I have only myself to blame Featured

10:01am EDT July 22, 2002

There are few things I dread more than preparing for a move. No matter how appealing the new neighborhood, no matter how much better the new floor plan may suit my needs, no matter how exciting it is to select new carpeting and paint colors, I can’t stand all the disruption—and the anxiety—a move creates.

I thought things would be different this time. It was our office that was moving, not my home. We signed our new lease nearly six months before the move date, rather than just a few weeks ahead of time. We were using a professional moving company, too, not my father’s 1978 Ford Econoline van, a rented U-Haul and a handful of well-meaning, but hurried friends who’d rather be sipping cold beer and watching sports than unloading lamps and boxes on a Saturday afternoon.

This time, we even had a godsend of a moving coordinator—our very own Kim Vucelich—who painstakingly tracked every detail, from when to defrost our office refrigerator to how many boxes we’d need to pack up our files. Talk about organization. I didn’t have to worry about a thing.

So why, then, did I dread this move so much? I didn’t even have to send out scores of address change notices or arrange for our phones to be forwarded to the new number. Kim handled all that.

Perhaps my anxiety came from the fact that moving preys on one of my weaknesses: my reluctance to make quick decisions. I like to have time to ponder ideas and data. That may not seem so bad until you realize how much paperwork can stack up in the process. Organizing for a move forces me to make decisions I’ve been putting off. Long-forgotten, buried files stare me in the face and demand action: either toss it or act on it. No indecision allowed.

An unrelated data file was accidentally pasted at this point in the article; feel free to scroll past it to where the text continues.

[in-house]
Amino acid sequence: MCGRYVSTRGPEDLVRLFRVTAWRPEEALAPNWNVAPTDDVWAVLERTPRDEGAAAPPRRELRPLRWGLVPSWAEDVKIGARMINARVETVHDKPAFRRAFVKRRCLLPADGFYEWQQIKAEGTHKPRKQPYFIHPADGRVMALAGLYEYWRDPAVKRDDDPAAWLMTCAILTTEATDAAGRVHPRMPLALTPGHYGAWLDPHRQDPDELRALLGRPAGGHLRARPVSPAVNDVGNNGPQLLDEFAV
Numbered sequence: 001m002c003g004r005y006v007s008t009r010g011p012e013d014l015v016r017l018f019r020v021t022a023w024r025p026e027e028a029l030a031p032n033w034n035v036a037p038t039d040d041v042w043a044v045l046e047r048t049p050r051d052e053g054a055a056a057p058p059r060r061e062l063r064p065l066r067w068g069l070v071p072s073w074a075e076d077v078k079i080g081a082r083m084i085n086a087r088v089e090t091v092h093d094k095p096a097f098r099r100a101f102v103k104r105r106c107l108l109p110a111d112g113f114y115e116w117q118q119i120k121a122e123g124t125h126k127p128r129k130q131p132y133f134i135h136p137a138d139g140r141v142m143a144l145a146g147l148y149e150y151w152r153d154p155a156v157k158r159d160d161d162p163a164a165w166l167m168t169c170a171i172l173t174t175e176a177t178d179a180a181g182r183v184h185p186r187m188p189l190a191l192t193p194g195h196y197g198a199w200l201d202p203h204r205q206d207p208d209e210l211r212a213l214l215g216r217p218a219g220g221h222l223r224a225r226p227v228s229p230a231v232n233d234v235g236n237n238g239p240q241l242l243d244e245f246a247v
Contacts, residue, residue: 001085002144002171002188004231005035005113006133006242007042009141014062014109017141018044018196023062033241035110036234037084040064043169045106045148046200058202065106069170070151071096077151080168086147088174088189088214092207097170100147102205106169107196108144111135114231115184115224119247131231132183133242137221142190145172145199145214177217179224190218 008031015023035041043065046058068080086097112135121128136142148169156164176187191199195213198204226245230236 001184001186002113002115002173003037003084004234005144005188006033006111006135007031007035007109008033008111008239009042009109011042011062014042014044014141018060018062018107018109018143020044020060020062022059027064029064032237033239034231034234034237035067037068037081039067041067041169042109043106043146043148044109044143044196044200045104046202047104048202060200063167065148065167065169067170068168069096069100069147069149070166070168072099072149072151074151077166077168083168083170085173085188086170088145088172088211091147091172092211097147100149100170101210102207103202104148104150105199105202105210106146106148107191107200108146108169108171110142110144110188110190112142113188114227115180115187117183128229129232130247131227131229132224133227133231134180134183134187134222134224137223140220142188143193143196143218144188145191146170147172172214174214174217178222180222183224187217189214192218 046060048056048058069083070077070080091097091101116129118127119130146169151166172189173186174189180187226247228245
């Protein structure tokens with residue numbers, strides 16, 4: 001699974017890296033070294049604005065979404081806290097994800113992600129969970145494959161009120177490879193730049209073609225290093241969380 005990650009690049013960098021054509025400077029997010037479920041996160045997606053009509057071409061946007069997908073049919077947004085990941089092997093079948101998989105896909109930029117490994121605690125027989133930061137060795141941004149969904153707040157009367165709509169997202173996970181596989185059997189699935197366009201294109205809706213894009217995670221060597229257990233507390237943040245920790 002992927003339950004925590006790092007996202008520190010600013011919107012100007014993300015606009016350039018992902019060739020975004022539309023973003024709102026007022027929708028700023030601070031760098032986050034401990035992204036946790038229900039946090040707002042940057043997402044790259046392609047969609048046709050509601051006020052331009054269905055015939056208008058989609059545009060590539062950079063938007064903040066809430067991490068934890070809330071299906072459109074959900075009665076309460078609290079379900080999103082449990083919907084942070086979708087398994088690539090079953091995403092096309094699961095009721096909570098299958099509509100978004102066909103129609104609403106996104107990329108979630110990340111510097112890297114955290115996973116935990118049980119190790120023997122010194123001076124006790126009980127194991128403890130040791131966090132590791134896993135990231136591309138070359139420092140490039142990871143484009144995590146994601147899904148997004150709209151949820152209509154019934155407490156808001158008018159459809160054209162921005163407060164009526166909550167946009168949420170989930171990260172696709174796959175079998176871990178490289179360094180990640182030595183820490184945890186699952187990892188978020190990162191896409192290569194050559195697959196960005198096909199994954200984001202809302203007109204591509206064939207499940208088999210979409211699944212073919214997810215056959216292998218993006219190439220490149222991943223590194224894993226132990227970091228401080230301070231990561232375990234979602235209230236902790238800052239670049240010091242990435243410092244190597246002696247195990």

More than once, as I packed the contents of my desk drawers, I was dismayed at the number of ideas I should’ve picked up and run with months ago. By putting them off, the decisions were made for me. In most cases, they’d collected too much dust to salvage. Shame on me.

I often blame my busy schedule for this nasty little habit. But everyone is busy these days. That excuse just won’t cut it anymore.

Although I’ve never been big on New Year’s resolutions, this looks like a good one to me. It’s time I held myself accountable for my indecisiveness.

After all, a delayed decision is a missed opportunity. And missed opportunities can kill you in this—or just about any—business.

So here’s to less pondering and more decision-making in 1999. And here’s to Kim, for making this move one of the smoothest on record.

Nancy Byron, editor of SBN Columbus, welcomes your comments by mail at 2193 City Gate Dr., Columbus, OH 43219; by fax at 842-6093 or by e-mail at nbyron@sbnnet.com.